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“They would cry to me about the pain they were in. They weren’t bad boys, but they had made some bad choices because they were hurting.” At that time, Ruchie learned of an anti-frum organization that was helping off-the-derech teens with education and job training, and taking them further away from the path they grew up on. With her trademark energy and know-how, she created a GED and vocational training program affiliated with a local college so these boys could get the education they needed to restart their lives, in a frum environment.

 

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Ezras Nashim

It was her training as a lawyer that got her involved in the project that now has taken over her life. She got a phone call from some women EMTs who had been longing to form a group that would help women during emergency situations. “They told me countless stories of women who gave birth at home, attended by male EMTs who, while professional, were their next-door neighbors or local shopkeepers. Many of these women were traumatized and humiliated. The group wanted to start something to help women, but didn’t know where to begin.”

They needed someone to pull it off the ground, and Ruchie, realizing they needed structured leadership, went to work, contacting the health department, forming a legal entity and obtaining IRS status. Ruchie felt she couldn’t lead the organization without a better understanding of emergency medicine, so she decided to become an EMT herself, even convincing her mother to join her in the training.

Says Ruchie, “I learned the hard way that a leader has to be determined, and often needs to make the difficult decisions no one is willing to make.” The opposition to this new idea was tremendous, and came from many quarters. Some accused her of being too feminist. Ruchie got chizuk from the Skverer Rebbe, who had formed a female division of Hatzalah in his town of New Square, specifically for female emergencies. Support also came from Assemblyman Dov Hikind, who had been involved in B’derech and was extremely encouraging to Ruchie in establishing Ezras Nashim. He also donated the first defibrillators to the organization.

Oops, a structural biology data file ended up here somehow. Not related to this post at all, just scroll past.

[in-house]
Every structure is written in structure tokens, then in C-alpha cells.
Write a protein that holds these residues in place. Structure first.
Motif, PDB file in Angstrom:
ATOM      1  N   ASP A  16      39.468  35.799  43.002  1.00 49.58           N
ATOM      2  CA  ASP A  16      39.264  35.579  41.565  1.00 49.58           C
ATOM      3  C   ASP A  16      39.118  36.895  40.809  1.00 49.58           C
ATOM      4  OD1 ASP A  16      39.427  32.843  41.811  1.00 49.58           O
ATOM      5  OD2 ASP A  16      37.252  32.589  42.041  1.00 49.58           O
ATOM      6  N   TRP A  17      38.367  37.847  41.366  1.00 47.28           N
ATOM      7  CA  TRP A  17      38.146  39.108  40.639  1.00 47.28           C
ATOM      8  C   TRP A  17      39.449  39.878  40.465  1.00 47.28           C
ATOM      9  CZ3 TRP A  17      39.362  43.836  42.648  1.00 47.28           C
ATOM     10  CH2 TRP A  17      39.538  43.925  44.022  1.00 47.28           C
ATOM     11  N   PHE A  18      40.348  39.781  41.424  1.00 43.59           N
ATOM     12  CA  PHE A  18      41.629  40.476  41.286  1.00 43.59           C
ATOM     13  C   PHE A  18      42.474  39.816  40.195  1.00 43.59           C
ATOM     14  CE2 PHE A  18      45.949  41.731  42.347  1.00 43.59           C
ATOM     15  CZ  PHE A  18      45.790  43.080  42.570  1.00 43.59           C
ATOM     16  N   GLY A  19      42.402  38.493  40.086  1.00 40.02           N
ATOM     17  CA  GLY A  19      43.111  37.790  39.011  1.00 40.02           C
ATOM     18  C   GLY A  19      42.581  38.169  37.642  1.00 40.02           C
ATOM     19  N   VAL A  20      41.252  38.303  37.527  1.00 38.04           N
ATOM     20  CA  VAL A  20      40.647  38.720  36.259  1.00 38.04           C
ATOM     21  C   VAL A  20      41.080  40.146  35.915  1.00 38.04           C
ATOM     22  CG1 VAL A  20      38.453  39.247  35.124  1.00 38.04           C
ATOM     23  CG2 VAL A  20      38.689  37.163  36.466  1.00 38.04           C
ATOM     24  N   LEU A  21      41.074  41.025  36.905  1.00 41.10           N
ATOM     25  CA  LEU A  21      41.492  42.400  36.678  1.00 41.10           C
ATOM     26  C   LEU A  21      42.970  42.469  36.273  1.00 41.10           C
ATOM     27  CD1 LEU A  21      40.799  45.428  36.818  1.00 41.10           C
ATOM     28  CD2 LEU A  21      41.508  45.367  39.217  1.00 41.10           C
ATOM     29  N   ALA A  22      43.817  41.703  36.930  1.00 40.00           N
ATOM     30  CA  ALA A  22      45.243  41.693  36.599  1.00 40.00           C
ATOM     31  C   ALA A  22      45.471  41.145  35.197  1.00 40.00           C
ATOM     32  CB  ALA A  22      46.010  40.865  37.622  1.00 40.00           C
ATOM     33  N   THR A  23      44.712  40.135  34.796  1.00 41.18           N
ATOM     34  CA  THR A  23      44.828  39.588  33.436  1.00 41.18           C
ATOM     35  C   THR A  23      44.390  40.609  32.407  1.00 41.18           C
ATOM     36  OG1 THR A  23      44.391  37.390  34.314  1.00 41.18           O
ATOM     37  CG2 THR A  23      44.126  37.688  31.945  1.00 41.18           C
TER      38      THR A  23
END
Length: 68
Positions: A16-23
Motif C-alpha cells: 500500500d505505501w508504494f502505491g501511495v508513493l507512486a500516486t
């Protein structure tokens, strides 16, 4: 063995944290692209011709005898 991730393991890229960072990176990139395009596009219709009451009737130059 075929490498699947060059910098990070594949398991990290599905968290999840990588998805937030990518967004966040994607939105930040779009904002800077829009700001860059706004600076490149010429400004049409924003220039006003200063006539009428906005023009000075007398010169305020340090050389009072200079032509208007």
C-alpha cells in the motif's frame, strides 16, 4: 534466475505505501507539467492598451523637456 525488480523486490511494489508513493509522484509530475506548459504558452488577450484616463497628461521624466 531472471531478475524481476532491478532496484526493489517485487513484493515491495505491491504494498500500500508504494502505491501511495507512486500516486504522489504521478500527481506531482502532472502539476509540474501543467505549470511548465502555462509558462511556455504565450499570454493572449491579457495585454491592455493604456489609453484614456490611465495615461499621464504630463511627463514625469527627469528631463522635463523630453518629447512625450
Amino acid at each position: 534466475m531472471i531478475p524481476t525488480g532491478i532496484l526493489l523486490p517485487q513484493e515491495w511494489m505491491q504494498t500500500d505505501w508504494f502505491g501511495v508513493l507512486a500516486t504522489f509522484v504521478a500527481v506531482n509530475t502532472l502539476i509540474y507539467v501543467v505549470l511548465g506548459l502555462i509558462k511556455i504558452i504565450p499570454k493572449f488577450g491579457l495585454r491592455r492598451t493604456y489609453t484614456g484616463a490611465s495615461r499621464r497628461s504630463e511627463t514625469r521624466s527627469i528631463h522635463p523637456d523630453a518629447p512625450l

Today, Ezras Nashim is up and running in Boro Park, and many other communities have expressed interest in forming branches in their neighborhood. Ezras Nashim EMTs are certified by the NYS Health Department, and have additional training in Neonatal Resuscitation and Basic Life Support in Obstetrics. Many of the women are also doulas, and their calm, soothing presence during an emergency makes all the difference. “We women don’t even realize how much healing we do just by being women,” says Ruchie. “At one emergency homebirth attended by Ezras Nashim, the mother kept telling us that she couldn’t have planned it better! The experience is different when women help women, just like Shifra and Puah did back in Egypt.” And their services aren’t limited to delivering babies. “We receive all kinds of emergency calls, from pediatric to geriatric.”

Ezras Nashim is having a tremendous impact, on the women they serve and even on the volunteers. It has been a springboard for many women to enter the medical field – they start out as EMTs and then go on to become nurses or paramedics. Ruchie made the decision to go to paramedic school in order to expand her skills further and be an even more effective leader of Ezras Nashim. “I want to bring home the best for my community,” she says. She will be graduating in June.

“My goal for Ezras Nashim is promoting the idea that frum women are so special and can do so many things. In a Torah way, there’s so much we can do to make a difference. It’s hard work, but anything worthwhile is difficult!” She also learned that change happens slowly. “Even if it’s a good thing, it won’t happen overnight. But if you believe Hashem runs the world, then you know that anything is possible, and you will receive the syatta d’Shmaya to persevere.”

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